Dr. Julian Lewis: I have waited seven long years to find something in common with the hon. Member for Islington, North (Jeremy Corbyn). My wait has been fulfilled today, because like him, I have been arrested for demonstrating in public. I have even been locked up in a cell for demonstrating in public, and one of the reasons for that was that I made too much amplified noise in public.
John Bercow: Will my hon. Friend tell the House whether he informed the Selection Committee of the New Forest East Conservative Association of that important fact before he was selected?
Dr Lewis: I am sure that had I done so, the good burghers of New Forest, East would have made a far wiser selection than, in the event, they did.
In May 1982, there was a huge demonstration going up Whitehall, led by Arthur Scargill and Tony Benn, against the taskforce that was deploying to fight in the Falklands war, so I and a number of friends and colleagues ambushed – as it were – the demonstration from the rooftops, playing at excessively loud volume Her Majesty's National Anthem. That led the police to arrest me and others on the ground that by playing the national anthem we might so upset the serried ranks of Trotskyites, communists and other agitators marching in the main demonstration as to cause a breach of the peace.
Jeremy Corbyn: I have to inform the hon. Gentleman that he did not upset us at all. We quite enjoyed it and thought it was a bit of fun. Not one person on the demonstration requested that he or anybody else be arrested for mounting any form of counter-demonstration. There was a spirit of democracy about the event.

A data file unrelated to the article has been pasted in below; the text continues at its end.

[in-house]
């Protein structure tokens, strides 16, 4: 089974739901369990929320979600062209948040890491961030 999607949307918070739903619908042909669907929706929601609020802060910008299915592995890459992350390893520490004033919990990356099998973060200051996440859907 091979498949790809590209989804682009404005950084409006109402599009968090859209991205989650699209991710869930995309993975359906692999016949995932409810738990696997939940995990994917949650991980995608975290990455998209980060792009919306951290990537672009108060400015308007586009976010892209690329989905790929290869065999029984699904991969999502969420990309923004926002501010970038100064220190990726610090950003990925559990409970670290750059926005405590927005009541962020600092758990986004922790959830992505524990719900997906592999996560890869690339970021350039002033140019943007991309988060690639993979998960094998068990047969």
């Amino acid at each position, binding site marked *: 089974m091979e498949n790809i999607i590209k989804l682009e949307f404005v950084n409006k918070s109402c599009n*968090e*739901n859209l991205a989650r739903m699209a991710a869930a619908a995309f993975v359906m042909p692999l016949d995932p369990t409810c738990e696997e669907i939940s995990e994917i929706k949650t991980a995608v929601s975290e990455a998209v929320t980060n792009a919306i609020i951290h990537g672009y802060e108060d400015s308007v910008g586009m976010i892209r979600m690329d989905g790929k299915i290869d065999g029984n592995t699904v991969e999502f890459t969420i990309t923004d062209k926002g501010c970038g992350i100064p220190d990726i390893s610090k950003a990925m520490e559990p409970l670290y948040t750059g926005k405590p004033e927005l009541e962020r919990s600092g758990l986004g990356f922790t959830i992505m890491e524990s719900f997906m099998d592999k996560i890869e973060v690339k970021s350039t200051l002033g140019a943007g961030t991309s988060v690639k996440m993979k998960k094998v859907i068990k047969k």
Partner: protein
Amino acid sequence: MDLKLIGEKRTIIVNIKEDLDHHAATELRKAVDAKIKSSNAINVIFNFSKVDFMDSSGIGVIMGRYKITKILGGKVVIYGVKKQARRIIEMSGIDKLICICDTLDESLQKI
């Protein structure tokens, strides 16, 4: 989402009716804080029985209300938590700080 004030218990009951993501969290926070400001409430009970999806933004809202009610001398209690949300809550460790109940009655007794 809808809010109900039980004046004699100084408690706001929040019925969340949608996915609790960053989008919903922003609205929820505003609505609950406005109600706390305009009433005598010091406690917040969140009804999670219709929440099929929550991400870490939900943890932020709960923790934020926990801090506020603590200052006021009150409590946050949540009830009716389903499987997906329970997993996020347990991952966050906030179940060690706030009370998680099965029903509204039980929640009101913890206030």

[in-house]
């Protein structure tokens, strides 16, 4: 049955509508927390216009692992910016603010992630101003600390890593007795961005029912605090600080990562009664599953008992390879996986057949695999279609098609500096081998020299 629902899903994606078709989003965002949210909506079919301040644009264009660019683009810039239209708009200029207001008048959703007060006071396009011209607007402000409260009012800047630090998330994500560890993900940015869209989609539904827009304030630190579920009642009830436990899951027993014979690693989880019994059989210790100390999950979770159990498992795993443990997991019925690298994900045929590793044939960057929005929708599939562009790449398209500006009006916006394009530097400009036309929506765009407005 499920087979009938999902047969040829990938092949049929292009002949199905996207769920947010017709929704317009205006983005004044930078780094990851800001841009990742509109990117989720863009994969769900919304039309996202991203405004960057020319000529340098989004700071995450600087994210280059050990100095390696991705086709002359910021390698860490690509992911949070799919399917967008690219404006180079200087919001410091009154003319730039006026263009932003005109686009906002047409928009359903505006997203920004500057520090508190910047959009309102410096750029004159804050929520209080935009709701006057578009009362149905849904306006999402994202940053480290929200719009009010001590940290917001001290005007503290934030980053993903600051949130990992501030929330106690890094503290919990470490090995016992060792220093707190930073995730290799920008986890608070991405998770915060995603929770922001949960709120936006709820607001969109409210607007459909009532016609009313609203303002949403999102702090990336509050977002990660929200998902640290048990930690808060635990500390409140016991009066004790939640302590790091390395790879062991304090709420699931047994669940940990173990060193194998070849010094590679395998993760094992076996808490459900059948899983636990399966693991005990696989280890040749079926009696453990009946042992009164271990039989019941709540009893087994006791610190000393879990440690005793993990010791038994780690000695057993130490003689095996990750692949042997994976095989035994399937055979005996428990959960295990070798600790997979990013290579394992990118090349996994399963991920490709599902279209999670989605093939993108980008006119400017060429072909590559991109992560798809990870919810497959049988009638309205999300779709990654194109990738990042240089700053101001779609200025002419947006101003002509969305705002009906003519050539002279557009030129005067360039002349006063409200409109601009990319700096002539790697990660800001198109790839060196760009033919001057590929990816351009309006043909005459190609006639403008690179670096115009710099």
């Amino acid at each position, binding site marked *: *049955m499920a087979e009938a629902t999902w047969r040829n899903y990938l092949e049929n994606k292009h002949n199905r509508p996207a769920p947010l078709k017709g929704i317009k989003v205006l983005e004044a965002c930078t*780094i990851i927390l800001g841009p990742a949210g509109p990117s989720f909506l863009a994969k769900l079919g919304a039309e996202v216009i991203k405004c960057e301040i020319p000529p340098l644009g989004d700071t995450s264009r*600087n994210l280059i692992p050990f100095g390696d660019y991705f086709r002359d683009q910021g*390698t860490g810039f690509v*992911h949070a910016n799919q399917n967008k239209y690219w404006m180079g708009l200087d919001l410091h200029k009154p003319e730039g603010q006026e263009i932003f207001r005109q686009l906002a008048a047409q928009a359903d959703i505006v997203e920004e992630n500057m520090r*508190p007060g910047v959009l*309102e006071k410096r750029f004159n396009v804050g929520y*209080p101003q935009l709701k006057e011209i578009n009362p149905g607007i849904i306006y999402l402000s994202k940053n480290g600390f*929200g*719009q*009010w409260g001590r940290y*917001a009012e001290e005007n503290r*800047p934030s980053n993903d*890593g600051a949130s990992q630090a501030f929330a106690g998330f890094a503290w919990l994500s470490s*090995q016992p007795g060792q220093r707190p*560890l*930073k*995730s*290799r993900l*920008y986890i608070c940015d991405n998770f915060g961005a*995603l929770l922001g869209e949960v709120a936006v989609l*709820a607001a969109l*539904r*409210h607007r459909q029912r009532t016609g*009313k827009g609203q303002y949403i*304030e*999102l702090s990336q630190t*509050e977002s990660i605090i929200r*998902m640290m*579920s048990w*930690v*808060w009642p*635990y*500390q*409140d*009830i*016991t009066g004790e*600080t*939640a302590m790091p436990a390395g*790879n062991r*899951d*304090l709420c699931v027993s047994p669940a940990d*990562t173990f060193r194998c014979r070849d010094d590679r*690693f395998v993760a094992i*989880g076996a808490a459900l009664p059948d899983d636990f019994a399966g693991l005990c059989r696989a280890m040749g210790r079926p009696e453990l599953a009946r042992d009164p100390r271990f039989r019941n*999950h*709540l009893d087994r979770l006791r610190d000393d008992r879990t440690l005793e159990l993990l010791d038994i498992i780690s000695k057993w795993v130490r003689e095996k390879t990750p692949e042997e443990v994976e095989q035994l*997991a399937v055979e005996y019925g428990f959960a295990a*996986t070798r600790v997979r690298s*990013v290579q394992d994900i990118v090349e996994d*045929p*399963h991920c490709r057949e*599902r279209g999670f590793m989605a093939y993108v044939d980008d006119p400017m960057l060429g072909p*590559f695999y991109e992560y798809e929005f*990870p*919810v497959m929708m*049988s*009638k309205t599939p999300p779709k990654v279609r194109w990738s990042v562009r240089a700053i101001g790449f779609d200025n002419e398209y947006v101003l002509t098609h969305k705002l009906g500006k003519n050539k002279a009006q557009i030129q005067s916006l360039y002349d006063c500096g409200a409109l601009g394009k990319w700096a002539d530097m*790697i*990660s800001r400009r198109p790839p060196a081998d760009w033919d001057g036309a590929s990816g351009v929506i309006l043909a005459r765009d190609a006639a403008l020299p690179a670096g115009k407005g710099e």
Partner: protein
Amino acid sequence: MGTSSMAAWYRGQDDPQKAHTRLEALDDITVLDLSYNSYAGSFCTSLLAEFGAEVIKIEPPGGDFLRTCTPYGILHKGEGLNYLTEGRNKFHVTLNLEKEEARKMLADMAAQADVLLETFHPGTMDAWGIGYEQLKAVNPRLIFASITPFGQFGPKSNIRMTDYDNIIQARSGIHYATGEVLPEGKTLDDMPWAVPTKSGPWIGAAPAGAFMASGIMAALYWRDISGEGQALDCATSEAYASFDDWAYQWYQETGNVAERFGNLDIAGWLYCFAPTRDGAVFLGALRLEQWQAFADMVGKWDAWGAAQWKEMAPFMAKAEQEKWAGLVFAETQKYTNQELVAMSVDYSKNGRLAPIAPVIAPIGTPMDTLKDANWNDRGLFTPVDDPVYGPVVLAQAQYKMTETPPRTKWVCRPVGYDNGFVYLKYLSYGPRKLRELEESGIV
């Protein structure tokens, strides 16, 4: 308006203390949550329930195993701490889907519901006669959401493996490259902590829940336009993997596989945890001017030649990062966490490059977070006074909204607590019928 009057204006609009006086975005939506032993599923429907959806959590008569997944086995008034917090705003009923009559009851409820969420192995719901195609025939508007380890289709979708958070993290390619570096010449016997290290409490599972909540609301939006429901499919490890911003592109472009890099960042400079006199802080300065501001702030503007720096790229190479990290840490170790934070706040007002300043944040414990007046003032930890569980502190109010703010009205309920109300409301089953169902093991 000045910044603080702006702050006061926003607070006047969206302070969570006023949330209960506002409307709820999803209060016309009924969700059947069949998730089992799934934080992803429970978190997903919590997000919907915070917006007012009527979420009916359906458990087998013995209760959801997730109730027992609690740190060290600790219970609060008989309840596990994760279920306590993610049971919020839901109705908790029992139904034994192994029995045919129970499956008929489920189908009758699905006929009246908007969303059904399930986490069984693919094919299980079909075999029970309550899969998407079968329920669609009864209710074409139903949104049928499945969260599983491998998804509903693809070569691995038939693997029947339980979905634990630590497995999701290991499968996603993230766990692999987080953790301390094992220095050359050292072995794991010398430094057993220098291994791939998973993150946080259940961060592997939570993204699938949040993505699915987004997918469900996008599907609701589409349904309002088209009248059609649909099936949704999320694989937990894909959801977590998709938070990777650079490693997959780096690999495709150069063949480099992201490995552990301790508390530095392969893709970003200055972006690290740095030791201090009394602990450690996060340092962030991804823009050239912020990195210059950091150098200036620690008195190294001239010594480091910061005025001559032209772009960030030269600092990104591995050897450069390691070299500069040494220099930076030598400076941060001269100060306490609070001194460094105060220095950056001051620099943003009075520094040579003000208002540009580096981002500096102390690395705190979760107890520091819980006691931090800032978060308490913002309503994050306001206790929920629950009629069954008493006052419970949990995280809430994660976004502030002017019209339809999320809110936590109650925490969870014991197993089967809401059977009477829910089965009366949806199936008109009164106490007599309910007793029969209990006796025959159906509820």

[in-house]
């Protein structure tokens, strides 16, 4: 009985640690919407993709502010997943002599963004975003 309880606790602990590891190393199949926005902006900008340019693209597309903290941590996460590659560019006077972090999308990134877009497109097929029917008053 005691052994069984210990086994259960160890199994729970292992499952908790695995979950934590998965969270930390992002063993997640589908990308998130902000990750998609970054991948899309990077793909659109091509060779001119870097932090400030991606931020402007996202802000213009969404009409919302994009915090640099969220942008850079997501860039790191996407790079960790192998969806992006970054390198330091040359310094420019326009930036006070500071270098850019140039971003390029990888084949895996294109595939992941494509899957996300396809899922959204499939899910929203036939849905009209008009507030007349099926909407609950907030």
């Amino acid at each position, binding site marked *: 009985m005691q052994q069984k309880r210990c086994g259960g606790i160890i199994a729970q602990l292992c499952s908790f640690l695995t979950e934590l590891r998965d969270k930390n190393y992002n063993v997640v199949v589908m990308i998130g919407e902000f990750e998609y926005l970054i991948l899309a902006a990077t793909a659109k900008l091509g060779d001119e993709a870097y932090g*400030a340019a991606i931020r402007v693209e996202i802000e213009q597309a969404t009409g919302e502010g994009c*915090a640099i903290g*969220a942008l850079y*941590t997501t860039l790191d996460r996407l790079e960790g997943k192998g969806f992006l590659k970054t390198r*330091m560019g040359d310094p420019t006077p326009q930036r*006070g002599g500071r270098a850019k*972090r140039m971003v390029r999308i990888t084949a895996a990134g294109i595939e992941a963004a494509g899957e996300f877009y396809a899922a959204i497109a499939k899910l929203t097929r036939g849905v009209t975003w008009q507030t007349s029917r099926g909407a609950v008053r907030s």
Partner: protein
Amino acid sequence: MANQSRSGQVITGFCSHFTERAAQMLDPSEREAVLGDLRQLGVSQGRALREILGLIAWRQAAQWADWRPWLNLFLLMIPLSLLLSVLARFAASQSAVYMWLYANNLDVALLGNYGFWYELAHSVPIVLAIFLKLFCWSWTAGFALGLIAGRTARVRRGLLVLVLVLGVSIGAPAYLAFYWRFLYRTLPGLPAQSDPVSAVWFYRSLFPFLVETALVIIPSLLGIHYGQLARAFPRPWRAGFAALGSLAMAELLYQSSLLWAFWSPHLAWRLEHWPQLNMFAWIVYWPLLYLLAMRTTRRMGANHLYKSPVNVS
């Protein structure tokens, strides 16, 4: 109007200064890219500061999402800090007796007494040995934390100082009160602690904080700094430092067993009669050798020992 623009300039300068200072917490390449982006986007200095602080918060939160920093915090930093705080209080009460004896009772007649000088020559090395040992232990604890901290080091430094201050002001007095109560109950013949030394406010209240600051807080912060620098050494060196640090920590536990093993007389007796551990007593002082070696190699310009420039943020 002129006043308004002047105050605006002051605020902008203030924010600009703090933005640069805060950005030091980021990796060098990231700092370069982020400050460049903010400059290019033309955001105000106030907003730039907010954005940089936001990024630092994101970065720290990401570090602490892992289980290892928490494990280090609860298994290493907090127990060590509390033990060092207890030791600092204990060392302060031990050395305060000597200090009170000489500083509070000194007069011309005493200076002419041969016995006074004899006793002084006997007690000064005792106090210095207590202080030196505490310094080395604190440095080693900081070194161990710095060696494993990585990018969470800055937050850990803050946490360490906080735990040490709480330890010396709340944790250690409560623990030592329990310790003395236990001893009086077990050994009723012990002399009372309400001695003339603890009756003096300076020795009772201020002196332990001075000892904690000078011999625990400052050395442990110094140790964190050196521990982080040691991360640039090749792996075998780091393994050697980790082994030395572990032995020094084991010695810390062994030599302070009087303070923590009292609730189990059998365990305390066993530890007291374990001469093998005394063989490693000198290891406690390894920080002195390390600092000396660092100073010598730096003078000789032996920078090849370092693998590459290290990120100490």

Dr Lewis: I am delighted that the hon. Gentleman made that intervention, as I should now like to tell him what happened next.
People felt that the police had been a tad heavy-handed, so on future demonstrations, in October 1983 and June 1984, we mounted similar counter-demonstrations, by arrangement with the police. The Council – I think it was Westminster – sent along an officer with a decibel meter, and whatever may or may not have happened in 1982, there were plenty of protests from the demonstrators to that environmental officer. He kept telling us: "If you don't turn it down, we'll confiscate your equipment". In those days, it was possible to hold a major demonstration with a minor counter-demonstration and to have a certain balance of forces so that both sides could put their point across.
Mr Alex Salmond: To boil it down to its essence, the hon. Gentleman is saying that 20 years ago he was arrested for noise disturbance and now he wants to arrest everybody else who –
Mr Deputy Speaker (Sir Michael Lord): Order. Unusually, I think I need say no more.
Dr Lewis: Would that life were as simple as the hon. Gentleman suggests. What I am actually saying is that somewhere between then and now there has been a change in the law. There has been a change in the rules and it looks as though it must have been brought in under the last Conservative Government in the Environmental Protection Act 1990, because according to a letter sent to me by Westminster Council,